Every morning, students and staff pass the draping banner in front of the carter gym, covering the wingspan of a bald eagle and displaying the faces of Hersey’s retirees. Among the twelve iconic faces hanging from the wall is that of Kent Borghoff: history teacher, student council sponsor, scholastic bowl coach, and, of course, legend. 

In one of Borghoff’s last weeks spent here at Hersey, I sat down with him for an interview to reflect upon his last thirty-three years teaching and discuss his hopes for the future. Thus, this story is—from beginning to end—a recount of Mr. Borghoff’s teaching career based on his own words, and more or less a celebration of his successes at John Hersey High School.

When graduating high school for the first time (the second time being, of course, this year), Borghoff set himself upon a career in teaching history. In his own high school experience, he found most joy in his history classes. 

While he appreciated one of his math classes, he decided it was his teacher at the time, not the equations or circumferences, that motivated him to learn. In his own words: “a couple of classes with a couple of good teachers” were most important in shaping his high school experience.

Those memories, however, lie at Naperville Central High School. It was not until 1989 that he took his first tour of Hersey. After touring every other school in District 214, he felt a definite difference in Hersey, in the greater level of comfort between students and teachers, and the collaborative approach taken towards learning. For that reason, he listed Hersey as his first choice for student teaching. After a single year, he accepted his job offer in the social science wing in 1990. 

He taught a plethora of classes, some which are still taught and others that have since died off. From the extinct courses of American Studies, Introduction to Social Studies, and American Problems to the classes we know today—such as World History, United States History, Economics, and European History—Mr. Borgoff has taught almost every class the social science department has offered.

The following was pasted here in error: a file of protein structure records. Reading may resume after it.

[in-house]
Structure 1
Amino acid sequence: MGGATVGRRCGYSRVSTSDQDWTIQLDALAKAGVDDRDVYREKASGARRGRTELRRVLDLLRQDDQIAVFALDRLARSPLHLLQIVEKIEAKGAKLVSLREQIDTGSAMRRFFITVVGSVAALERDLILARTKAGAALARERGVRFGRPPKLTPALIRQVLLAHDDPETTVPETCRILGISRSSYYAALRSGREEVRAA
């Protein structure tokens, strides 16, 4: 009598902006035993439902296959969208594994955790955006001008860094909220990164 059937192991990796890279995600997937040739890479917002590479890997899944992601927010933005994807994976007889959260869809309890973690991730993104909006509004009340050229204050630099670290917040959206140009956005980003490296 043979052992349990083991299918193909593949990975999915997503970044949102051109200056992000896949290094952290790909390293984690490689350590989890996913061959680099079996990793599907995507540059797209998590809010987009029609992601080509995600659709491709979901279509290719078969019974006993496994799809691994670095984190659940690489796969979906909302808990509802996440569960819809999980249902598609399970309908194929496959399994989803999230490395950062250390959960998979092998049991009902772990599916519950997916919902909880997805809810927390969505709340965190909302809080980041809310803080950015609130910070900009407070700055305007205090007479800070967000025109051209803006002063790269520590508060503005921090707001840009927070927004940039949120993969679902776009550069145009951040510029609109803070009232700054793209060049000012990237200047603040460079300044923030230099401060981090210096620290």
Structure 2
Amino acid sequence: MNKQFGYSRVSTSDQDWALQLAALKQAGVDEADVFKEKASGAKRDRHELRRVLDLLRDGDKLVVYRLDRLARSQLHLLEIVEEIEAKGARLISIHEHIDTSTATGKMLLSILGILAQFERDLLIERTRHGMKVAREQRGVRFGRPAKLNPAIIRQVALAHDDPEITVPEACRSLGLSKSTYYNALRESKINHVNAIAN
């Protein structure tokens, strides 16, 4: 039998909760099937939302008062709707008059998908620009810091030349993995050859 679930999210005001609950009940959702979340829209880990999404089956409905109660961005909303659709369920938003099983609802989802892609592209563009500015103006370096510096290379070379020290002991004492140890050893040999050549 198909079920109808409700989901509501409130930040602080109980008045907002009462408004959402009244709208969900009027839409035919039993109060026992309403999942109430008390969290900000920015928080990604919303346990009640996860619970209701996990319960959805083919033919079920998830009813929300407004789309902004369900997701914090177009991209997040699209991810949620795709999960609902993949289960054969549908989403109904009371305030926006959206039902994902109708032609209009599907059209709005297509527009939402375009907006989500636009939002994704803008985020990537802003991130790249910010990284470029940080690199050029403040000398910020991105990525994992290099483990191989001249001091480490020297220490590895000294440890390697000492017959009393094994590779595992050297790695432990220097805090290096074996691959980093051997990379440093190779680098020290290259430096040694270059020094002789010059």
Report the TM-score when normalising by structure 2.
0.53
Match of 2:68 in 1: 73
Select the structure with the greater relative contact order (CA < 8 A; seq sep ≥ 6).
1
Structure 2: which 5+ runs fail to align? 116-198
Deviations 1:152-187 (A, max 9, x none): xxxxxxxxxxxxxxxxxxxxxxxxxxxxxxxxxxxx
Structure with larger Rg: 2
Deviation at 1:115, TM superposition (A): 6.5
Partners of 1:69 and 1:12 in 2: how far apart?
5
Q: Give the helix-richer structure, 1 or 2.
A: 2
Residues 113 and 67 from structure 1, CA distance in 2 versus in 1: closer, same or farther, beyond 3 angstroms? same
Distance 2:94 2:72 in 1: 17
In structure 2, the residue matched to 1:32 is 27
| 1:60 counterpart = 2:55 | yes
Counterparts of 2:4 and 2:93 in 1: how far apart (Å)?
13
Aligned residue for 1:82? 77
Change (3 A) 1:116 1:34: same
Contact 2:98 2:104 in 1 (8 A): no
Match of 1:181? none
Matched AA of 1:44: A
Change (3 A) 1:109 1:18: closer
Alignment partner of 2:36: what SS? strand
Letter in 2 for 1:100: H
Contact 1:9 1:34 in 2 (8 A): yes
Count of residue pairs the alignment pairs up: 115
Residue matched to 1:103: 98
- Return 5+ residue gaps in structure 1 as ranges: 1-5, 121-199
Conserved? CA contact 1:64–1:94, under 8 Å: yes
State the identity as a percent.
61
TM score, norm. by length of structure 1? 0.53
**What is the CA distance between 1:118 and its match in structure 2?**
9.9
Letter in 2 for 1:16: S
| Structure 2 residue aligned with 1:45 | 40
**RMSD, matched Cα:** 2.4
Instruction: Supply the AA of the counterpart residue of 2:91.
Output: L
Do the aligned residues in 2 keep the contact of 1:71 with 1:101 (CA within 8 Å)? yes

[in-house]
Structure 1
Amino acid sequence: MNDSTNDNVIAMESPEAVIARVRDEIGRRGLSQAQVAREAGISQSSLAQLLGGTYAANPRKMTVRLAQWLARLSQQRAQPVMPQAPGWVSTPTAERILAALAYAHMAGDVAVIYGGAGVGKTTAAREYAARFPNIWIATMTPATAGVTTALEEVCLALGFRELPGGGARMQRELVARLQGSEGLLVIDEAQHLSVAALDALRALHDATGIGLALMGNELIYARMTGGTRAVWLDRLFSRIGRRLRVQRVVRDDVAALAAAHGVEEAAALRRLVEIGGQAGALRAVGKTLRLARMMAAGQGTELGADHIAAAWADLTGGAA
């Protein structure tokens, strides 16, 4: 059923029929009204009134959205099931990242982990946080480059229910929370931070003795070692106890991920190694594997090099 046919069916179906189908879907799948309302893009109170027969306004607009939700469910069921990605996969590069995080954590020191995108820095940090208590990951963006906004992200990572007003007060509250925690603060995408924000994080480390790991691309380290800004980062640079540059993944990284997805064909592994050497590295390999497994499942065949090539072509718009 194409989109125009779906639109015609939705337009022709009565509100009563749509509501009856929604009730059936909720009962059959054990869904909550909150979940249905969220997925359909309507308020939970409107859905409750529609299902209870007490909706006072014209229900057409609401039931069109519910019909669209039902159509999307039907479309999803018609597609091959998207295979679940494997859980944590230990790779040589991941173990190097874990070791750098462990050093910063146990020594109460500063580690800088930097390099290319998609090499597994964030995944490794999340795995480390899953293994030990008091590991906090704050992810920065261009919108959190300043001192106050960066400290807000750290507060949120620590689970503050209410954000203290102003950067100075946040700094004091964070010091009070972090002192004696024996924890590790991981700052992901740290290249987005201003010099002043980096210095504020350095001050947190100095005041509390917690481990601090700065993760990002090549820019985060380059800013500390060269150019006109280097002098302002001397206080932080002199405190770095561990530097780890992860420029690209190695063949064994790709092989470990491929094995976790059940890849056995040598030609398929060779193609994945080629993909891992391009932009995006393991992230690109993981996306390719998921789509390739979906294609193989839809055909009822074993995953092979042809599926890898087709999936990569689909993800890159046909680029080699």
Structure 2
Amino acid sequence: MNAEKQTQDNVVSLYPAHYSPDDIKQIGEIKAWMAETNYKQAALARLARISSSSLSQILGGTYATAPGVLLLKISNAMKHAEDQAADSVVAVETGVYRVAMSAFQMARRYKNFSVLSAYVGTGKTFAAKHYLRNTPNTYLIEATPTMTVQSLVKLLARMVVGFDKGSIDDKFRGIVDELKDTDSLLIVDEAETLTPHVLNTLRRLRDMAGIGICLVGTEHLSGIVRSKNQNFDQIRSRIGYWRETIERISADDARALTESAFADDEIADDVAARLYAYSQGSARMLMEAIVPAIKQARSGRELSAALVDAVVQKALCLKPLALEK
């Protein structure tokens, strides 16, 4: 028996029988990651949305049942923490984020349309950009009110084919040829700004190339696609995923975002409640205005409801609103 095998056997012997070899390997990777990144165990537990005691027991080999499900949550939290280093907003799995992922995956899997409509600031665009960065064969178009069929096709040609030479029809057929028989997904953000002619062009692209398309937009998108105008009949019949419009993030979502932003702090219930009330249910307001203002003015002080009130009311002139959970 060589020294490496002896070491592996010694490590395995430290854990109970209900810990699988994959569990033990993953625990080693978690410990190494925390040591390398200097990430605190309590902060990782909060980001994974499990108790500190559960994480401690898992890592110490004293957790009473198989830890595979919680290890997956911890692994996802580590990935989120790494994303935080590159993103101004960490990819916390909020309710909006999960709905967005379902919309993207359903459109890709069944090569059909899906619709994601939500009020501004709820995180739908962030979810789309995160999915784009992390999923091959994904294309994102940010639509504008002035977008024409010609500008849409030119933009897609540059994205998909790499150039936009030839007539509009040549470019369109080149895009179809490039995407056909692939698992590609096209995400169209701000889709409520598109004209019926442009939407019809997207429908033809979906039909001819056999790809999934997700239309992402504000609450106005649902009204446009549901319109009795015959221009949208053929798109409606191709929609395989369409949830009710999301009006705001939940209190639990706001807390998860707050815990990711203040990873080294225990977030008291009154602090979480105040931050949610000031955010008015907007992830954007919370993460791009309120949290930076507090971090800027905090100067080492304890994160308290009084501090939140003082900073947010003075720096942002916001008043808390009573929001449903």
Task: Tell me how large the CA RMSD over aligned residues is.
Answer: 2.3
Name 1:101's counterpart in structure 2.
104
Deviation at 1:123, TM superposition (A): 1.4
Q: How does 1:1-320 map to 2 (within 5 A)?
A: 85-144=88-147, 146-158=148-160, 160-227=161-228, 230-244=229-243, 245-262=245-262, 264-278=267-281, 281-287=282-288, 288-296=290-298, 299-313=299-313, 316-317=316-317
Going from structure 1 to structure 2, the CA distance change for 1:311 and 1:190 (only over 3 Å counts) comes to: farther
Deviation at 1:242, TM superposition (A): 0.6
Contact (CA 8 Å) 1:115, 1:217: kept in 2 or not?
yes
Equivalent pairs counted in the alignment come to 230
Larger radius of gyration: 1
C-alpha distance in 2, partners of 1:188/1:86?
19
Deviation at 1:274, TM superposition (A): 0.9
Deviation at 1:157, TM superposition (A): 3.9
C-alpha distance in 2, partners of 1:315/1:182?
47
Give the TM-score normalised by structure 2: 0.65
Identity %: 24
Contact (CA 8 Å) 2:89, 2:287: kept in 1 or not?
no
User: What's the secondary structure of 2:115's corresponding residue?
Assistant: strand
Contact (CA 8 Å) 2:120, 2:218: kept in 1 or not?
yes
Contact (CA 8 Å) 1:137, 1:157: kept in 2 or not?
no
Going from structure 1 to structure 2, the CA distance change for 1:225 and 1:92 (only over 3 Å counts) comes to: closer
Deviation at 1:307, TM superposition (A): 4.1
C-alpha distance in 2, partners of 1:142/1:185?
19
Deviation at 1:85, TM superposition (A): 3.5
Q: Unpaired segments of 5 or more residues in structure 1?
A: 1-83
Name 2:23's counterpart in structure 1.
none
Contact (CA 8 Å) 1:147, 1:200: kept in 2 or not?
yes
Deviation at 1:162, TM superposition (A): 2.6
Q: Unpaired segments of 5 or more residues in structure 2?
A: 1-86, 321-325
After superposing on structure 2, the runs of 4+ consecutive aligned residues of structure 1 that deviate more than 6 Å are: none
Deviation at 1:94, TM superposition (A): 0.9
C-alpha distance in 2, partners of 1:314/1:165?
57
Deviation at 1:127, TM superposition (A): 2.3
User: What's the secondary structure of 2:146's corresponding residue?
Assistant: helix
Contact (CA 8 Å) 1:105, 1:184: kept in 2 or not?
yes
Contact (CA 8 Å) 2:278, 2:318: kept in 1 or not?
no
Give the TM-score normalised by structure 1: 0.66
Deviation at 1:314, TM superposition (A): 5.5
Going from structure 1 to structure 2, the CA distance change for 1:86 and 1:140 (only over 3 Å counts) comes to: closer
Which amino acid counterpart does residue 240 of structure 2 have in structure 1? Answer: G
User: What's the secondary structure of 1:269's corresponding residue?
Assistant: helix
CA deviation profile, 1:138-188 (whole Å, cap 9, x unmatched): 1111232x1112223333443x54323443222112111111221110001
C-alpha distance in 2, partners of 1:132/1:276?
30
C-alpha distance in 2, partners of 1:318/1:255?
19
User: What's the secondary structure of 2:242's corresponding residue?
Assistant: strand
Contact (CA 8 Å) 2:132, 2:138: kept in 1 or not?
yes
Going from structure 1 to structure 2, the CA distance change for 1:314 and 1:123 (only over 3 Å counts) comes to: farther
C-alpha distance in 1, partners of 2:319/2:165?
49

Borghoff Pic

Mr. Borghoff pondering, as he often does, about the implications of the second industrial revolution

As a young teacher, he took on a hefty pile of initiatives. Many might be surprised to hear he spent years as a golf coach, a basketball coach, and a volleyball coach (the last being most surprising, as he had no knowledge on the formal rules or strategies of volleyball when accepting the position). 

Beyond athletics, he coaches scholastic bowl, and he has supervised student council for as long as he can remember, handling perhaps his most impressive accomplishment: Mr. Borghoff has been to every homecoming dance and prom for the last 33 years. 

He’s attended many graduation ceremonies, and has–not surprisingly–given the staff graduation speech a gross amount of times in his career. 

The most rewarding product of his career, however, is his marriage. Borghoff met his wife at a school holiday party. As he recounts, the celebrations were always fun, but this year was the best. There is some debate over who asked who to dance. But, as he says it, “the rest is history.” Around eighteen years later, Mrs. Monahan and Mr. Borghoff are the power couple of the social science department. 

After his second high school graduation–also known as retirement, if someone insists on its traditional label–Borghoff aspires to keep researching in some way or another. Though the idea remains abstract, as he reports, one avenue for his future is a website more academically oriented and less “tailored for the college board”.

Students and staff reluctantly say goodbye to Borghoff this year at the bittersweet end of his long and fulfilling career. Senior Gabi LaQuaglia finds that when “he speaks, everything becomes more humorous and enjoyable.” 

In my personal experience in his class, he brings history to life with light-hearted sound effects, passionate lectures, and giddy commentary on the subject he loves the most. His adoration for stories and lessons is infectious. His affect on students, class experience, and staff alike can never be overstated. 

While it is a difficult goodbye, we wish him the best of luck, health, and happiness in his retirement.